Radioactive Material

Radioactive Material

Naturally Occurring Radioactive Material (NORM) waste

Regulatory and legislative framework governing NORM waste management

Radiation exposure that is imposed on the public over and above natural background is subject, in Europe, to regulation. The regulatory framework in the Member States is derived from international standards, some of which are enacted in European law.

NORM waste has not always been considered clearly or comprehensively in international standards and legislation that provides the radiation protection framework for managing radioactive wastes. This lack of uniform standards, prevalent across many EU Member State countries, is probably the main source of the ambiguities in the regulation of NORM wastes that were described in the report commissioned to inform this draft strategy. The report concluded that there is a regulatory system that is fit for purpose to protect human health and the environment. In addition, certain ambiguities were highlighted which, while not causing risk to the environment or human health, create a lack of clarity and prevent the regulatory system from being fully effective in prompting the best outcomes for managing NORM waste.

International background to the regulation of NORM waste

The International Commission on Radiological Protection (ICRP) has worked since 1928 to develop an international system of radiological protection with recommendations and standards to underpin the development of national frameworks. For many years, the focus of these standards was on exposure to anthropogenic radionuclides. In the case of NORM the variable background radiation, and the difference in practices and tolerance towards NORM, slowed down the setting of international standards.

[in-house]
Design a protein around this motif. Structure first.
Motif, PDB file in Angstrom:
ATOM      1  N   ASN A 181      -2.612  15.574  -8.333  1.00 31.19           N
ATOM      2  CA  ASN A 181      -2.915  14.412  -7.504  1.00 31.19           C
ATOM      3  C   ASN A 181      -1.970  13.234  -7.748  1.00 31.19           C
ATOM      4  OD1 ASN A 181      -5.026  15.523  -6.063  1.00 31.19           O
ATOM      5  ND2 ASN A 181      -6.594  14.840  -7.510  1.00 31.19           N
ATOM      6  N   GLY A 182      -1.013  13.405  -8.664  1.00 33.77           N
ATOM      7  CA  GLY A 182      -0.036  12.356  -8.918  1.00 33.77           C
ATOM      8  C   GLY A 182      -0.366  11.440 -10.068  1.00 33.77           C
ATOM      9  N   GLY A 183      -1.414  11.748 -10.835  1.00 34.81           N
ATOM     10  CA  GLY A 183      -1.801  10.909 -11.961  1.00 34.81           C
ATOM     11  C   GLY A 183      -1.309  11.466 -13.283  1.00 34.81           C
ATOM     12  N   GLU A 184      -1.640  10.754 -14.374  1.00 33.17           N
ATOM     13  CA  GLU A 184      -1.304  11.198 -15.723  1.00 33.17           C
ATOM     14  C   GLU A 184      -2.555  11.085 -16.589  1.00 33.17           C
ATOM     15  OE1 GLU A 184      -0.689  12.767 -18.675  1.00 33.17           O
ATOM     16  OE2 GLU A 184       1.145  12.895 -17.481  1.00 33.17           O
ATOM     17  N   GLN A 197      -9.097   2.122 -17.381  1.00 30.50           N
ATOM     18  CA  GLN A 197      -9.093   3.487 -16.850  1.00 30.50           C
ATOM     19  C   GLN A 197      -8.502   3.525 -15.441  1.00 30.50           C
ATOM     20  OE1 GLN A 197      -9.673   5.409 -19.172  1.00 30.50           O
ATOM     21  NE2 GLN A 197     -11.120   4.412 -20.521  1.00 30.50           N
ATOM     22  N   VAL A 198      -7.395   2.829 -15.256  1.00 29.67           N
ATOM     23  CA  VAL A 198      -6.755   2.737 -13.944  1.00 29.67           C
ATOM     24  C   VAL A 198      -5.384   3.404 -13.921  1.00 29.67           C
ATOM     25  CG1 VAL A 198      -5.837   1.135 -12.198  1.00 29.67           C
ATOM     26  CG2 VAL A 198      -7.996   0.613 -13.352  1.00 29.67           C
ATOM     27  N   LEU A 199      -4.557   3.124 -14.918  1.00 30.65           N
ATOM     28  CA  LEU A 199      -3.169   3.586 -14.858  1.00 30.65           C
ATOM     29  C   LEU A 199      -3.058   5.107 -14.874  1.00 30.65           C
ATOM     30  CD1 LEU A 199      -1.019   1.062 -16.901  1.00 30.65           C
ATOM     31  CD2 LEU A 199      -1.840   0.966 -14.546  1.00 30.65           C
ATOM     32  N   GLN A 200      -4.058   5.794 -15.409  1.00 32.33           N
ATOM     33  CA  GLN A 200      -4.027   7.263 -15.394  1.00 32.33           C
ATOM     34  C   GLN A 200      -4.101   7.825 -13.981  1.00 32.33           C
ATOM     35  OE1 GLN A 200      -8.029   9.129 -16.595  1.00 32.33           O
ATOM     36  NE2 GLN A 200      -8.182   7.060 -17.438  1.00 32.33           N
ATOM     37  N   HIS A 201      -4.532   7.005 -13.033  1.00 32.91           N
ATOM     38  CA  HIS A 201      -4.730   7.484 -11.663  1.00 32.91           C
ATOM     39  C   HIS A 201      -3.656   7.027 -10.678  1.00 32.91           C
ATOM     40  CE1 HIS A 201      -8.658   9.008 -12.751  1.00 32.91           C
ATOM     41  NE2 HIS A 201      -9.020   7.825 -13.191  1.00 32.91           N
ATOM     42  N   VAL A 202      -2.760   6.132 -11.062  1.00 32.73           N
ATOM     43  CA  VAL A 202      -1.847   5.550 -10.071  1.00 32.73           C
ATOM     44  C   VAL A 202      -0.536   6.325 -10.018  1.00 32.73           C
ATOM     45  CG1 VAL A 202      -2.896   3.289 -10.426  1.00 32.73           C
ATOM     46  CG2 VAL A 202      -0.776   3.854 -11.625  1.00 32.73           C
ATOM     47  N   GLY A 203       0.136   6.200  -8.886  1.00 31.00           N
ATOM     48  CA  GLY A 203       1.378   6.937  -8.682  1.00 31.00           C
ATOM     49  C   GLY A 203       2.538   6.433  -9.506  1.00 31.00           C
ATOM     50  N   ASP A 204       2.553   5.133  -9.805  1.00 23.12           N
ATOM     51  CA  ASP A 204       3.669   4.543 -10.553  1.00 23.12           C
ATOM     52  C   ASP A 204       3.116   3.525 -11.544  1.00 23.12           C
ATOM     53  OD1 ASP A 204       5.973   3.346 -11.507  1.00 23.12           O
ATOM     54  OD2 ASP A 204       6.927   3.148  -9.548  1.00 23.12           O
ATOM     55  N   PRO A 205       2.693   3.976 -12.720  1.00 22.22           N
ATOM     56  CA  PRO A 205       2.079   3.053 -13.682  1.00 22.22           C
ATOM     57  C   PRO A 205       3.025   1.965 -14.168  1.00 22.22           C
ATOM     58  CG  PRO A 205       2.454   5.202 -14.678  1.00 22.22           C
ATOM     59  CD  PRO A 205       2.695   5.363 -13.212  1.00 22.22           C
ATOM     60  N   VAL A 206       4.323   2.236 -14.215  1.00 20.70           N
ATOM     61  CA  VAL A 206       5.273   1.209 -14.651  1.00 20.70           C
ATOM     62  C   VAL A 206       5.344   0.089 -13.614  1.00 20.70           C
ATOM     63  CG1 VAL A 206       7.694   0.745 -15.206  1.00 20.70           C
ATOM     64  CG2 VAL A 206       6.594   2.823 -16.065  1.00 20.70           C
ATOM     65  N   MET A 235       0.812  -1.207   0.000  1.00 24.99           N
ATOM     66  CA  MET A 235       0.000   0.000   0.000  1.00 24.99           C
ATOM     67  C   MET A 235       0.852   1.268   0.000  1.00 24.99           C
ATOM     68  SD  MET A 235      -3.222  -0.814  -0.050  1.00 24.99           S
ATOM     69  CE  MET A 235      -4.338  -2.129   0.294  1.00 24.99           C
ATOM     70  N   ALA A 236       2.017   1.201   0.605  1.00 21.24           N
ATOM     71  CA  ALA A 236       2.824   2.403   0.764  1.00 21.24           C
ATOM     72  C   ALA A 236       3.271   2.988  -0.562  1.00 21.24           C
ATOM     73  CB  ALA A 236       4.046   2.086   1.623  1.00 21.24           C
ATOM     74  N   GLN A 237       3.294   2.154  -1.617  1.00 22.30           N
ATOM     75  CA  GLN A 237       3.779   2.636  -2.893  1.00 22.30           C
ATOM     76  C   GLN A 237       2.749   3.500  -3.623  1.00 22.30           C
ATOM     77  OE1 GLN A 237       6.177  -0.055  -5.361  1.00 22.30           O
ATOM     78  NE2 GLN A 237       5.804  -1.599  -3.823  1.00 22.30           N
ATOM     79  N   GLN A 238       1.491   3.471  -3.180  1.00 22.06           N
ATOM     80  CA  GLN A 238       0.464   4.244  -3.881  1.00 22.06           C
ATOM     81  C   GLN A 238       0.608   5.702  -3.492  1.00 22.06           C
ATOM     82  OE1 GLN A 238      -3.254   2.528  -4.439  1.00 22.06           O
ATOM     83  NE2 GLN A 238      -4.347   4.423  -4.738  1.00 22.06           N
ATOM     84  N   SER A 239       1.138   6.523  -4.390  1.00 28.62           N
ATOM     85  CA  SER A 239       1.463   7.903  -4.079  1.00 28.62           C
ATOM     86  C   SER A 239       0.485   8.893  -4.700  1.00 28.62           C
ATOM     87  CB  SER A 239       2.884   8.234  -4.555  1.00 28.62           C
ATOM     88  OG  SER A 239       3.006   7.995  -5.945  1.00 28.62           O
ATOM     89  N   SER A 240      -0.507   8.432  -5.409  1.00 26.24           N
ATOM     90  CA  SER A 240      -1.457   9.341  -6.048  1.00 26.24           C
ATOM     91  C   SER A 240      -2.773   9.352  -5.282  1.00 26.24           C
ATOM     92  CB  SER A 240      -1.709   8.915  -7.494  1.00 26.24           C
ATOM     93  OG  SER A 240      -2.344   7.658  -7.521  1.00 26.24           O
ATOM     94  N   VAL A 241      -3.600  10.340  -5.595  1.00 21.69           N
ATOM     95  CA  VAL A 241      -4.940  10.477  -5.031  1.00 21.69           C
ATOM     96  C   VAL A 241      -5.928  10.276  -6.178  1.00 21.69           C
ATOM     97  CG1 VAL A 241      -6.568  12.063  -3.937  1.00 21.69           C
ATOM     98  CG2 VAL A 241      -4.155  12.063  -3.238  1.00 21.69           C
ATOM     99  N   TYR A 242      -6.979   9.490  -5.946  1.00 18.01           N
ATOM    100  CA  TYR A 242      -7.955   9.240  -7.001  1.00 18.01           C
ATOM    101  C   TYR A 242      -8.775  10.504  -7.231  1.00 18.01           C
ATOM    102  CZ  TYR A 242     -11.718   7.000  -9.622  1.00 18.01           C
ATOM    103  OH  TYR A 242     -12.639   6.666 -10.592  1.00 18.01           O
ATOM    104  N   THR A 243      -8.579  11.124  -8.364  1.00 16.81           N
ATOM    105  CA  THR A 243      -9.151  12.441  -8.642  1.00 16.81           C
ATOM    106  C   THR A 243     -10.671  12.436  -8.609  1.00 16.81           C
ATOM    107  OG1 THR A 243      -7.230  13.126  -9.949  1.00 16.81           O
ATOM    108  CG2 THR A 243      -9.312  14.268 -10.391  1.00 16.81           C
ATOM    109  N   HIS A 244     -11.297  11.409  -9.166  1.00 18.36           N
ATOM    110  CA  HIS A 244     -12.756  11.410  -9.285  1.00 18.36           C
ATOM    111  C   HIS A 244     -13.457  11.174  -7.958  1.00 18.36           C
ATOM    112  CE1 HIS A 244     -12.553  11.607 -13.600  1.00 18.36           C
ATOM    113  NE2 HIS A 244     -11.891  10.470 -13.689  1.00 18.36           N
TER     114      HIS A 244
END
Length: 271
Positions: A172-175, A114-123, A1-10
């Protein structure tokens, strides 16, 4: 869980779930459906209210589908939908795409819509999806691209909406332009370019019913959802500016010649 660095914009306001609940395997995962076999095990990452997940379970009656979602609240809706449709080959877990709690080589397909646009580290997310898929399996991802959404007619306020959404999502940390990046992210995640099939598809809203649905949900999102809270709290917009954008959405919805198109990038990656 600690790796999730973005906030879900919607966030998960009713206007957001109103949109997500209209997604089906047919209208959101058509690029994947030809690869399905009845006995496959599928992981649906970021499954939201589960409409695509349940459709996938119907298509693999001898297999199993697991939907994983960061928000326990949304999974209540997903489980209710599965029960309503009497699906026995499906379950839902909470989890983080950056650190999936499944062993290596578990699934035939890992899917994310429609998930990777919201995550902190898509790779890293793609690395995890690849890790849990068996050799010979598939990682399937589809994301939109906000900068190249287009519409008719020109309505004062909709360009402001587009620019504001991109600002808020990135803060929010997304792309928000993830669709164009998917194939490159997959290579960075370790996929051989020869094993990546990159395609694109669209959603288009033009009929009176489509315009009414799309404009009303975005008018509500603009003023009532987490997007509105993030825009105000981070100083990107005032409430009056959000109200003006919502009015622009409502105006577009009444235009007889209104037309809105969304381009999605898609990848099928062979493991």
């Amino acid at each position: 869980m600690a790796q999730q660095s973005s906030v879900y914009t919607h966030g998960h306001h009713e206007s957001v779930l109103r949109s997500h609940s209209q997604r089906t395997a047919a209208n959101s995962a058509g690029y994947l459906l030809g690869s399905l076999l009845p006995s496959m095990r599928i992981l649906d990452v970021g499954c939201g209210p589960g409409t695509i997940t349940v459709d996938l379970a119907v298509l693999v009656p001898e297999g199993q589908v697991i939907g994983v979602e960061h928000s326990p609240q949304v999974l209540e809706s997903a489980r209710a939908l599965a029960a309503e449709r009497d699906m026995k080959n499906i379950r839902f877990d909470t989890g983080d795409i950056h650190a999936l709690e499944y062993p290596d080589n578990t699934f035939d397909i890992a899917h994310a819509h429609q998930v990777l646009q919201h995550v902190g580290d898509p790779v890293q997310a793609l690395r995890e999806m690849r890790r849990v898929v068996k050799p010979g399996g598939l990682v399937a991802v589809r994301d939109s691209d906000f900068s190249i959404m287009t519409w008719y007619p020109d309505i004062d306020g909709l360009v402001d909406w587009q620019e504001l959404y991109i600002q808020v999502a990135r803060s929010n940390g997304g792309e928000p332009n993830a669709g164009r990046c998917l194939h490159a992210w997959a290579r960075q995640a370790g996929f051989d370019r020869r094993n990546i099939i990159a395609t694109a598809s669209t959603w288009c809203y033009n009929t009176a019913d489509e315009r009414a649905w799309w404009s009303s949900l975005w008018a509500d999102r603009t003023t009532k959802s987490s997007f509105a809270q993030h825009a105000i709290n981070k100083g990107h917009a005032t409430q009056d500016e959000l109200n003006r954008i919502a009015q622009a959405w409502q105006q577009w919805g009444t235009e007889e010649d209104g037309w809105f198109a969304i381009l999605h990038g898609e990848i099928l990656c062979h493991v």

In 1996 the Euratom Community (comprising EU Member States) adopted a revised Basic Safety Standards Directive (Euratom BSS) to update the common legislative platform on radiological protection across the EU. The Euratom BSS provides flexibility for Member States in respect of activities producing NORM wastes. Negotiations on the latest revision of the BSS, which includes its consolidation with other Directives made under the Euratom Treaty relating to radiological protection, was completed in 2013. Member States will adopt the revised Euratom BSS in early 2014.

Other Euratom requirements impacting on NORM waste management include those imposed by Article 37 of the Euratom Treaty and the Spent Fuel and Radioactive Waste Management Directive.

Guidance issued by the European Commission [RP 122 Part II]

The document ec.europa.eu/energy/nuclear/radiation_protection/doc/publication/122_part2.pdf recommends that a higher level of exposure is acceptable from NORM than for radiation from the use of artificial radioactivity before regulation is necessary. The guidance cites the ubiquity and variability of background regulation as the reason for a higher exposure limit for NORM radiation. The Commission guidance sets a dose increment in addition to background exposure from natural radiation sources of 300 µSv/year as a threshold for regulatory controls and provides concentration limits for NORM in substances that reflect this dose increment. The concentration limits also have regard to the highest concentrations found in raw ores that are subsequently processed. The UK has adopted the Commission guidance in its regulation of NORM wastes. In contrast, in separate guidance (RP 122 Part I ), ec.europa.eu/energy/nuclear/radiation_protection/doc/publication/122_part1.pdf the Commission recommends a dose criterion of 10 μSv per year as the basis for regulating anthroprogenic practices.

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